The European Academies’ Science Advisory Council (EASAC) has released an update to a 2013 report that confirms a worrying trend throughout Europe and around the world: extreme weather events are on the rise.
The original report documented an increase in the number of extreme weather events from 1980-2012, and the new update has built on these data and shown a further increase in the frequency of extreme weather events over the course of recent years.
The new report from EASAC, released Wednesday, provides global data from 2013-2016 on extreme geophysical, meteorological, climatological, and hydrological events, in addition to previous data from 1980 onward.
Since 1980, the number of earthquakes and volcanic eruptions has been steadily increasing. The number of storms has since doubled. Events including draughts, fires, and heat waves have more than doubled in frequency. Perhaps the most significant figure, hydrological events like landslides and floods have quadrupled in frequency over the course of 36 years, and the number of these events has recently doubled since 2004.
Michael Norton, the director for EASAC’s Environmental Programme gave a statement this week highlighting the importance of these data in calling for action on climate change. According to Norton, “policy makers and lay people think climate change is something gradual and linear, but we need to keep explaining that the gradual change is increasing the chance for dangerous extremes.”
In other words, though climate change may be relatively slow, its effectives are cumulative, and extreme or catastrophic weather events are increasing faster over the years as a result.
These events do not come without cost. In North America, thunderstorms resulted in nearly $20 billion in losses in the year 2015 – twice the amount recorded in 1980, according to EASAC. However, the report does include what is called a “positive note” in this week’s press release: despite recent increases in the number of floods, river flood losses in Europe have remained relatively constant over the years, a fact that EASAC attributes to the success of Europe’s flood protection measures.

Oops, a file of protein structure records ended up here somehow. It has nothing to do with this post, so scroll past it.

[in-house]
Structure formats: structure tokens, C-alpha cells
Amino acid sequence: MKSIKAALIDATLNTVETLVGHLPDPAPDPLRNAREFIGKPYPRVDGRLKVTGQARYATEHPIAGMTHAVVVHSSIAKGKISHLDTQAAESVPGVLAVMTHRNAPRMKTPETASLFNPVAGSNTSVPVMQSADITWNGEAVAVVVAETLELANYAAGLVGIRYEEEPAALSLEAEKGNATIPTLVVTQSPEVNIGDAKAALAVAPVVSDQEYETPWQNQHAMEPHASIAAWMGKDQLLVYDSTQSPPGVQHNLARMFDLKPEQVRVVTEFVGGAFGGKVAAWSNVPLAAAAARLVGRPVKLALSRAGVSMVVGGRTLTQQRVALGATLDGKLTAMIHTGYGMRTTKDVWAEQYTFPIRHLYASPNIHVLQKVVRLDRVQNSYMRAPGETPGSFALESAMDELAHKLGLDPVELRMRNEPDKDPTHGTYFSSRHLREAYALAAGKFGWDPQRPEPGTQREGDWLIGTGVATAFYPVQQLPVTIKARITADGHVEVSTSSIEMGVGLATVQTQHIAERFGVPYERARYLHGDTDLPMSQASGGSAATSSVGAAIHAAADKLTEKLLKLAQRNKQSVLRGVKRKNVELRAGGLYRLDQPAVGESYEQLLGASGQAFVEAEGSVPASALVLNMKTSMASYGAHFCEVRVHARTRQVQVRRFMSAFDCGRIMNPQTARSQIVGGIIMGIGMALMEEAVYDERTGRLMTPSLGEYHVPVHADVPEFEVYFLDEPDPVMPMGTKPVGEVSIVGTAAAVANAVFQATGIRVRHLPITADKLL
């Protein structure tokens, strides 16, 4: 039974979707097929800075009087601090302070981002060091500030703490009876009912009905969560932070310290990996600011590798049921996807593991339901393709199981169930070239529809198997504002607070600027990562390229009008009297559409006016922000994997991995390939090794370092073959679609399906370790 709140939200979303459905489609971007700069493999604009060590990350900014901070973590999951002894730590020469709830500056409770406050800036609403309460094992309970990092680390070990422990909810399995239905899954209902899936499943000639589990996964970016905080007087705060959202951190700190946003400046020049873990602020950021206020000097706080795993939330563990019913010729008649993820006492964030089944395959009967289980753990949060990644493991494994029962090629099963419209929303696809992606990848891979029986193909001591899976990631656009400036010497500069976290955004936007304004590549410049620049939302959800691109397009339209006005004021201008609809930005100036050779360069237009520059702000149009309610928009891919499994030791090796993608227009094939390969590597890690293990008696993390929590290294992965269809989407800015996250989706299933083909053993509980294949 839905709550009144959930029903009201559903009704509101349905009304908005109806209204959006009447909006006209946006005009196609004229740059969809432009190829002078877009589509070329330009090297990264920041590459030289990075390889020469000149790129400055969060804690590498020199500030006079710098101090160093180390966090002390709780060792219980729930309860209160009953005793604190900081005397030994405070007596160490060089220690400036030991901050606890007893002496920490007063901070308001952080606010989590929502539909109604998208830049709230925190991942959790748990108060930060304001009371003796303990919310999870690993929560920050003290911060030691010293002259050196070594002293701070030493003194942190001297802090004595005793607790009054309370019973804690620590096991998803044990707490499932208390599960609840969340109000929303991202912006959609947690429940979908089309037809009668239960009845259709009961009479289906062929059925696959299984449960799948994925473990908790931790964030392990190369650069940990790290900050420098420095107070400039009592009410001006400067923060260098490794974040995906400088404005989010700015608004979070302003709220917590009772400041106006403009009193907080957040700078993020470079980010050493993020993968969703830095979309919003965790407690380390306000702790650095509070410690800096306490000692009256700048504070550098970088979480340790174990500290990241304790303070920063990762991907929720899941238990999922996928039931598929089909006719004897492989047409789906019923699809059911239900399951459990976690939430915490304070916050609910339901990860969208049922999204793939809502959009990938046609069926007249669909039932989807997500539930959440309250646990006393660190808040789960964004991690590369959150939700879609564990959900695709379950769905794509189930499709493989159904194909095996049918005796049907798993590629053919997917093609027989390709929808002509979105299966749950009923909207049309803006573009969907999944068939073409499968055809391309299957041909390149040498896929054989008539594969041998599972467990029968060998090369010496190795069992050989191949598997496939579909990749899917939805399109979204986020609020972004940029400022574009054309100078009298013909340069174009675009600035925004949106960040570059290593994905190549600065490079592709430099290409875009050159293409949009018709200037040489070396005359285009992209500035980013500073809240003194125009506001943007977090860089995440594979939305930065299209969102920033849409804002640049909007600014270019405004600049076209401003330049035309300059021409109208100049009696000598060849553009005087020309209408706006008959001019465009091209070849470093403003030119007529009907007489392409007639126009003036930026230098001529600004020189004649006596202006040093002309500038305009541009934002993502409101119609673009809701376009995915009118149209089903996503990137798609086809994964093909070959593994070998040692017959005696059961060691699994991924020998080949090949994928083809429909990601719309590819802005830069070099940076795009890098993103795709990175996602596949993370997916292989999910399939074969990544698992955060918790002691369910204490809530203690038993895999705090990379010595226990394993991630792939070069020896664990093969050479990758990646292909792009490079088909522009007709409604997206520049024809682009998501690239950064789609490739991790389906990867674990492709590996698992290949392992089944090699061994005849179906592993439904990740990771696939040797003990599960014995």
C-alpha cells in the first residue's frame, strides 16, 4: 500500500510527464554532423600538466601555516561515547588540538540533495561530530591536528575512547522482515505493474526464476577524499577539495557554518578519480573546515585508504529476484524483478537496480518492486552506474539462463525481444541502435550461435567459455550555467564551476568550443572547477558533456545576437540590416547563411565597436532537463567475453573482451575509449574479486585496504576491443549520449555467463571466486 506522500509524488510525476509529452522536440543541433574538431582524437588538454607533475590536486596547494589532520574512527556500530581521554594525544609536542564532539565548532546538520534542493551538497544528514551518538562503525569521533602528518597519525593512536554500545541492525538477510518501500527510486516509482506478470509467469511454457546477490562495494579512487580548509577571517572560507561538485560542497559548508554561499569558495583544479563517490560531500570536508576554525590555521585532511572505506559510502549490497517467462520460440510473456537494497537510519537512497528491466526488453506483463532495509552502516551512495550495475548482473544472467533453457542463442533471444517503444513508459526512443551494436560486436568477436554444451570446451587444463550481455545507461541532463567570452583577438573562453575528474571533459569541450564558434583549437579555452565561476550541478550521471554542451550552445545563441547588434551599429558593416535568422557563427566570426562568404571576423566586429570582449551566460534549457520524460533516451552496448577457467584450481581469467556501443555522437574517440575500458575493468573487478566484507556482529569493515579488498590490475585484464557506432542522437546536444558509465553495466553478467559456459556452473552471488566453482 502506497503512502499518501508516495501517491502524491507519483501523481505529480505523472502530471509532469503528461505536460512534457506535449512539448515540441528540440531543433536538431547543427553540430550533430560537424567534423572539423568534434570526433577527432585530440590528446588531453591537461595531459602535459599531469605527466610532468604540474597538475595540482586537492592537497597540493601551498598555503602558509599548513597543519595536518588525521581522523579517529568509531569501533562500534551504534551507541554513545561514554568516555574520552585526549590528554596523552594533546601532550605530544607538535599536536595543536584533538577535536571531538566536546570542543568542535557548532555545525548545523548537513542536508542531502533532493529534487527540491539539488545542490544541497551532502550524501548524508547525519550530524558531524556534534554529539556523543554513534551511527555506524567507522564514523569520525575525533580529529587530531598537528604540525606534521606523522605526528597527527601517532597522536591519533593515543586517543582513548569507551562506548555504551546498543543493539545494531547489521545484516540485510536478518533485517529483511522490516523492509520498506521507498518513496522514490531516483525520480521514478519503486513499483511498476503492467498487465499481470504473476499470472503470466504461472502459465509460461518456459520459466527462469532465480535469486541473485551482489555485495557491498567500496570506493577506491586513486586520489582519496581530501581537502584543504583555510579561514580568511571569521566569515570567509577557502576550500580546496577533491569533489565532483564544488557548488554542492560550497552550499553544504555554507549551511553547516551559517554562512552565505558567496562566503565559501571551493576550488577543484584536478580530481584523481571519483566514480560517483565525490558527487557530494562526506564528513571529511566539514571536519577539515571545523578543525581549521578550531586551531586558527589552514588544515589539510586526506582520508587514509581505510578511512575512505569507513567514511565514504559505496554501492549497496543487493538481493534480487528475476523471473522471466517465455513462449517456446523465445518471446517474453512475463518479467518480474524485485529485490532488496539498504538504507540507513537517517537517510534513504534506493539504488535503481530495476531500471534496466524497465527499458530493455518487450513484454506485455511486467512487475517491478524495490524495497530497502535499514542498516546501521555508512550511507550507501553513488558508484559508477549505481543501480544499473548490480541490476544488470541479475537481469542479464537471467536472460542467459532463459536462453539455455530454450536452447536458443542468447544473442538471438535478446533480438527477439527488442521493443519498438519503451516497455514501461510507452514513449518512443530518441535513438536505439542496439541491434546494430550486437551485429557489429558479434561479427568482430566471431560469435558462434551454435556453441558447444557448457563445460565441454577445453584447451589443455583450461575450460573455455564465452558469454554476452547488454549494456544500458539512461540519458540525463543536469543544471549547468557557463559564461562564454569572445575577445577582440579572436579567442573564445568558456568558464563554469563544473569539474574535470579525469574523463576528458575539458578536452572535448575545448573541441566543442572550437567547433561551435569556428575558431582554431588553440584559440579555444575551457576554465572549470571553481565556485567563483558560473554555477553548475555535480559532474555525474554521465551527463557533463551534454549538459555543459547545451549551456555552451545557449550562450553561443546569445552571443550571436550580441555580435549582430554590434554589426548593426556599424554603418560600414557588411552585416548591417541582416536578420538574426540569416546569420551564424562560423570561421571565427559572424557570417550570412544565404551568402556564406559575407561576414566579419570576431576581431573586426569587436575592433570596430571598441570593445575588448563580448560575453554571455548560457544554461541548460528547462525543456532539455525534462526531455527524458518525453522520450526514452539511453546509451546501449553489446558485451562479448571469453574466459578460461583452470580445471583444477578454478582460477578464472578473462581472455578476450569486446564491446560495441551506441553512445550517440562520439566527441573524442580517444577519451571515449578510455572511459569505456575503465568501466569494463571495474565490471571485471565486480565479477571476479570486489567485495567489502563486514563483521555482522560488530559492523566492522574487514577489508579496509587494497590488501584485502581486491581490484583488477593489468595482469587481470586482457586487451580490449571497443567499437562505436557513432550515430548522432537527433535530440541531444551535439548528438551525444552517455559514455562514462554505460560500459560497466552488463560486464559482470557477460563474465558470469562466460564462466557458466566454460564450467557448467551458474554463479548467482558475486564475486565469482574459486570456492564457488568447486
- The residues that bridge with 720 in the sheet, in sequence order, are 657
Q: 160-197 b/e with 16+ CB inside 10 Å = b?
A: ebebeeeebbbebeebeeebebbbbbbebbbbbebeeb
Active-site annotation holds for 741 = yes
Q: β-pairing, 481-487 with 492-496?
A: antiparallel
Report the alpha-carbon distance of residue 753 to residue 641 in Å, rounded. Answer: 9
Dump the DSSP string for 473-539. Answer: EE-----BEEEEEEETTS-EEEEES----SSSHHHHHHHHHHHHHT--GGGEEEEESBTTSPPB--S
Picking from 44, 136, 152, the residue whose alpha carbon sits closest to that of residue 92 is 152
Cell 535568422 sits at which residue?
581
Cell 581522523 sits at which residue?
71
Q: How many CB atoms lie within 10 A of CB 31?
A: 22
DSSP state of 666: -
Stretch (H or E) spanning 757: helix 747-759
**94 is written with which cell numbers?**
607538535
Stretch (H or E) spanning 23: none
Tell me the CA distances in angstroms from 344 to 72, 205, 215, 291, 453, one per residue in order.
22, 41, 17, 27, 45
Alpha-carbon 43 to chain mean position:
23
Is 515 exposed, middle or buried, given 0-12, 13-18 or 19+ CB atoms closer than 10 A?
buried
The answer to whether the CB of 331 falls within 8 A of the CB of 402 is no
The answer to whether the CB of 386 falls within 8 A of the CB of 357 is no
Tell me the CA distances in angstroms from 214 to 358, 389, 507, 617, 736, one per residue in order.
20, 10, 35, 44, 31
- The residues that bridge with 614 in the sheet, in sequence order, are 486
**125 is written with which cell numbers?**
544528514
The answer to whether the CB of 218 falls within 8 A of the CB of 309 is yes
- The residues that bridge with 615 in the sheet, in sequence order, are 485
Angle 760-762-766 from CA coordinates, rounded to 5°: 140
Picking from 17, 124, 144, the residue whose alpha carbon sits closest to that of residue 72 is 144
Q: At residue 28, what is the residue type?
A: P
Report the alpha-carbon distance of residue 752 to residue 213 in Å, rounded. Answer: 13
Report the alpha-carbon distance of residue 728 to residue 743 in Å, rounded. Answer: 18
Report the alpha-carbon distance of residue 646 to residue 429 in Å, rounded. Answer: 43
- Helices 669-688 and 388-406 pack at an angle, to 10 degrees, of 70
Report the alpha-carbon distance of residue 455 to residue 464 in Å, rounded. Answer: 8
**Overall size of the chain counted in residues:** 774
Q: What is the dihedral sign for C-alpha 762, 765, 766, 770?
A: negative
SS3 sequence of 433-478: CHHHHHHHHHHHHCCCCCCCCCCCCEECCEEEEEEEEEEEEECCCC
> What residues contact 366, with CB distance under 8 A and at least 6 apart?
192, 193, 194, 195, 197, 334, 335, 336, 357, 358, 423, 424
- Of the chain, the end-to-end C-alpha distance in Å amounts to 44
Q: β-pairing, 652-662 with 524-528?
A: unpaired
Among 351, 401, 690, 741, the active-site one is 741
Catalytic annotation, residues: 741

Such protection measures under the broad scope of “climate proofing” are called for by the EASAC in order to ensure Europe can successfully adapt to the impact of extreme weather events.
With the original 2013 report, EASAC provided several recommendations for the EU on how Europe can respond to the growing threat of climate change. In addition to the development of climate models that can predict trends in extreme weather, research on protecting public health during heat waves is necessary, as well as a plan to guide and protect the agricultural industry from such extreme events. The EU should push for the widespread practice of flood preparedness and response across Europe. In addition, scientists and science policy makers must highlight the many barriers in society that block the path to successful climate-change adaptation and decide how to overcome these barriers quickly and effectively.
In the new report, EASAC also pushes for scientists to continue oceanographic research into the effects of climate change on the decline of the Atlantic Meridional Overturning Circulation
(a system of ocean currents that includes the Gulf Stream), which has a major influence on the climate of Northwest Europe.
The updated report from EASAC this year comes before the European Commission is expected to release its climate strategy evaluation. According to Michael Norton, climate proofing is now “all the more urgent.”